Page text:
Tuesday, November 19, 2013
You have finally met your Prince Charming and he has finally asked you to marry him. You are both elated and can’t wait to share your news and start the planning process, until you remember one thing – you are from different faiths.
Of course, you both knew that you celebrated different religions when you first started dating, and it was never a big deal to you. However, now that you are getting married, this difference of faith raise some problems. Your difference of faith doesn’t change how much you love one another, but it may have an effect on the way your wedding plays out; especially if you are planning on having a religious ceremonies. You see, different faiths tend to have different traditions when it comes to marriage, and these differences may cause a stir.
Take a deep breath and rest easy knowing that it is possible to successfully have an interfaith wedding and marriage. Here’s a statistic that will help you feel better about your situation: Back in the 1950s, only 20 percent of married couples within the US were of different faiths. Today, that statistic has risen to 45 percent. That rise in numbers says something, and it says something good.
But, that statistic aside, you still wonder how you and your fiancé are going to successfully meld your religions. After all, you are a real couple, not a number. With some careful planning, understanding and compassion from both sides, an interfaith wedding – and marriage – can be done. Here are some things to consider that will help you in your endeavor.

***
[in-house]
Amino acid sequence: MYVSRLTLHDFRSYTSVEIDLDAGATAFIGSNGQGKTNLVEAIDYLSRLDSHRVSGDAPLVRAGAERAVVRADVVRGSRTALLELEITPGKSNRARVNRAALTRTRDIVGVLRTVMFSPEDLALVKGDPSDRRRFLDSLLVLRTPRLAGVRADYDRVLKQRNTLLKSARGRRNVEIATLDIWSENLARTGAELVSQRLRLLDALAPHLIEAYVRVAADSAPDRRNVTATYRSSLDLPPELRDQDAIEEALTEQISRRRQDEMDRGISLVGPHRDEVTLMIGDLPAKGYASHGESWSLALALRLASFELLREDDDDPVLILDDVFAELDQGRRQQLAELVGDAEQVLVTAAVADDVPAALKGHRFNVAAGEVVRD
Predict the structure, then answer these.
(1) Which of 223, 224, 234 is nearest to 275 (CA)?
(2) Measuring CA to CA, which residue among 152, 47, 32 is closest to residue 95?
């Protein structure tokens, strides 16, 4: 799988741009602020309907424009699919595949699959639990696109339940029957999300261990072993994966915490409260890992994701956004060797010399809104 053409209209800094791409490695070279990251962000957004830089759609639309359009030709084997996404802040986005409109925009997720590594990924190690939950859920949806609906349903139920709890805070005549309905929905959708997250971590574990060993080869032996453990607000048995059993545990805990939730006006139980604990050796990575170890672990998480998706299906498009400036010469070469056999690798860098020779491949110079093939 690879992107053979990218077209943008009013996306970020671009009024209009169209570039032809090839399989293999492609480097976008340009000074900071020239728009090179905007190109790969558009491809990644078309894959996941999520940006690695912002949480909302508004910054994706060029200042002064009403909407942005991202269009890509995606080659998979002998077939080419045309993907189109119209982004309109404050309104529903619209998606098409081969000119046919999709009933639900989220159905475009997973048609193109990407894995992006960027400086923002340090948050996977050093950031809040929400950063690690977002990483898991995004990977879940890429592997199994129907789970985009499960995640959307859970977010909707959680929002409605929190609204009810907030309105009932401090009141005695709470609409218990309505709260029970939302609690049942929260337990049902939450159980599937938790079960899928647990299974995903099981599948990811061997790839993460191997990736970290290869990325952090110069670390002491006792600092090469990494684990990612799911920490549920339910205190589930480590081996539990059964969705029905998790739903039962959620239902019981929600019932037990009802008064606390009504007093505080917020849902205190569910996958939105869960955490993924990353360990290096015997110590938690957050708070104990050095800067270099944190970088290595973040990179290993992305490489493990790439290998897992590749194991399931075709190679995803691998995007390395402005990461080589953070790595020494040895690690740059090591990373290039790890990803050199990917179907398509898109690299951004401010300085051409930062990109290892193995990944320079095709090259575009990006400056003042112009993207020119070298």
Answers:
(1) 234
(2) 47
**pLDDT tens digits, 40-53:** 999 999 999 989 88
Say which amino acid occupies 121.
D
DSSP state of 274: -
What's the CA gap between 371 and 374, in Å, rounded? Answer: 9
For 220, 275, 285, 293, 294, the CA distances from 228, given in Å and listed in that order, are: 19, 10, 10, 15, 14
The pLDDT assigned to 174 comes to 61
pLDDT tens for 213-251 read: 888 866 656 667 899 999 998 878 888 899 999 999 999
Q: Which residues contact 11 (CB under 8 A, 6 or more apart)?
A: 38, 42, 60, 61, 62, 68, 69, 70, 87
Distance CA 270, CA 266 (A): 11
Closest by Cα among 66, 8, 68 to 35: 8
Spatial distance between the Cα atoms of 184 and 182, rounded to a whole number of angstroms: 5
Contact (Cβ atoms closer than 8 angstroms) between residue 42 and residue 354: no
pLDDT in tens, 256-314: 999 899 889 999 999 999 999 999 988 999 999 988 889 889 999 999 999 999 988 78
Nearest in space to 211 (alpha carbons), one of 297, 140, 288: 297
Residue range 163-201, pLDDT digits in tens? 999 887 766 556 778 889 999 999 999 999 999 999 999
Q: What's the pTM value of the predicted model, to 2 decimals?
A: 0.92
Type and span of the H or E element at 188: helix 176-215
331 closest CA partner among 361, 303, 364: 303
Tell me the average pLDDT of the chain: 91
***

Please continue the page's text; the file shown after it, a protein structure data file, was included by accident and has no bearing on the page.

Talk About Your Faiths
The best way to start is by having a conversation about your faiths. If you are both very committed to your religion, you probably already know this about one another; but if you aren’t, it may not be clear how important traditions are. For example, if one of you celebrates your faith, but the other one doesn’t – and it’s not a big deal – you might consider leaning more toward the faith of the person who honors his or her religion.
A Family Affair
Typically, religion is about more than just you and your fiancé; it is about your families, as well. If you are marrying someone of a different faith, both of your families may have reservations. Your parents and grandparents may be concerned about whether or not you share the same morals and how you are going to carry on your traditions, for example. Hear your family’s concerns and try to accommodate them; however, remember that at the end of the day, you aren’t getting married for your family, you are getting married for the two of you. Your happiness is what matters the most.
Honoring Your Faiths
Once you know how important faith is to one another, start figuring out a way to honor each one. For example, try to incorporate traditions from each religion into your wedding ceremony and reception, and into your married lives together. For instance, a Catholic and Jewish couple may have both a Priest and a Rabi perform the ceremony and may celebrate both Christmas and Hanukkah.
An interfaith wedding can be a delicate situation, but with openness, honesty, care, and compassion, you can successfully make a union between people of different faiths work.
Uma Campbell is a freelance writer from Southern California. She loves writing about weddings and believes that anyone planning an interfaith wedding can make it successful. She contributes beauty and health content to the Bellezza Spa blog, where you can read more of her work.
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